hile the Catholic population of the archdiocese is nearly one million, and of the remainder of the State about five hundred thousand.
The awful famine which prevailed in Ireland about 1840 drove many of the inhabitants, with their families, to seek a living across the seas.
A goodly number settled in Boston, and a few drifted to Medford in the ship-building industry.
These stalwart pioneers had held tenaciously to the faith of their fathers, and had been going to Boston to worship in the Moon street church, to Charlestown, to South Boston, and then to North Cambridge, where the Rev. Manasses Doherty officiated in St. Peter's Church. But in 1849 they felt that they were numerous enough to call for the occasional visit of a priest to minister to them in Medford, so they chose a committee, who waited upon the selectmen of the town, stated their object, and asked that they be allowed the use of the Town Hall for the celebration of the Mass.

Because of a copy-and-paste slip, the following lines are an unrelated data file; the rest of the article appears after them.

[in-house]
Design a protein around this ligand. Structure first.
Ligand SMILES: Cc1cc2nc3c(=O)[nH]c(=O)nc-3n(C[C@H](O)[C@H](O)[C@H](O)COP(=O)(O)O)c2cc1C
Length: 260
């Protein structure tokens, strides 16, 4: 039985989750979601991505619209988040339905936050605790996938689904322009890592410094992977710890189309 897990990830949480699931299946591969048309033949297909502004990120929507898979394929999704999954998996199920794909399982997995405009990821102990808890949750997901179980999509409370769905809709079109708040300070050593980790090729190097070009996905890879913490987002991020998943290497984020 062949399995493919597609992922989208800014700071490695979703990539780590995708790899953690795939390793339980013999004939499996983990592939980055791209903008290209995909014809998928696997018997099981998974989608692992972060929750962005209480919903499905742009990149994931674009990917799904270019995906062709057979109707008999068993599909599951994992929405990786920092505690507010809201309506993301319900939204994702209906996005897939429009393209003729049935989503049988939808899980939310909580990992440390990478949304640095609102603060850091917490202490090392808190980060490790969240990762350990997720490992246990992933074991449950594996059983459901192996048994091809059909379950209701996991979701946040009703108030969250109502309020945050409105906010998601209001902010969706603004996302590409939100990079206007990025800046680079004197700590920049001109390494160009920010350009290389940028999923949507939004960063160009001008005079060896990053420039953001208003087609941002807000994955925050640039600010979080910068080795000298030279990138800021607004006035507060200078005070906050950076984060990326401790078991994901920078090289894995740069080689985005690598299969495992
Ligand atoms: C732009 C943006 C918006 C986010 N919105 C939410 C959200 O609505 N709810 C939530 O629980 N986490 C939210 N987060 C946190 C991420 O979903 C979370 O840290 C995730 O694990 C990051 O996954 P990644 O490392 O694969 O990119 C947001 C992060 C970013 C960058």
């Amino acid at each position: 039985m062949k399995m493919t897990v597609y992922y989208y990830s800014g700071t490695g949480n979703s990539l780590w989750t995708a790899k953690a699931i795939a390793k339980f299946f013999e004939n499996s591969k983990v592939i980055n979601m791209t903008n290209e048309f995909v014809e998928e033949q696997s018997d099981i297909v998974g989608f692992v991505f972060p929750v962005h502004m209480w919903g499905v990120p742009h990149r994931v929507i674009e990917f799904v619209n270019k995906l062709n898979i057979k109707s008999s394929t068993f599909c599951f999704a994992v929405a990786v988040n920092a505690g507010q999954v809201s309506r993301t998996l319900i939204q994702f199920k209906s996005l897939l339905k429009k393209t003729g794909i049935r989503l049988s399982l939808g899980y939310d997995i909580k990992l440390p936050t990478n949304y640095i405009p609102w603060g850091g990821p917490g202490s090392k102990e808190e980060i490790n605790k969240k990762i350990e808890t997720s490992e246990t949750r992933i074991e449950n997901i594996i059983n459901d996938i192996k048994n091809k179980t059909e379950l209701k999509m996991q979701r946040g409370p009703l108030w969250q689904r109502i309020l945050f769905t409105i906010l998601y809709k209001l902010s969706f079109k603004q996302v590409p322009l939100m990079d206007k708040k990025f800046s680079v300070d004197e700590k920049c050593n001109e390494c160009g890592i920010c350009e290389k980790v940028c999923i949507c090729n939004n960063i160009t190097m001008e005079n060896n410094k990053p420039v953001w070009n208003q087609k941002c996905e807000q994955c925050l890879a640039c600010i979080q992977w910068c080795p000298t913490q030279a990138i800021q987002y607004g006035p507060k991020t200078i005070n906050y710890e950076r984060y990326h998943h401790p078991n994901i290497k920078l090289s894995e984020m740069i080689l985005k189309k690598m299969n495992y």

At first some objection was made, but when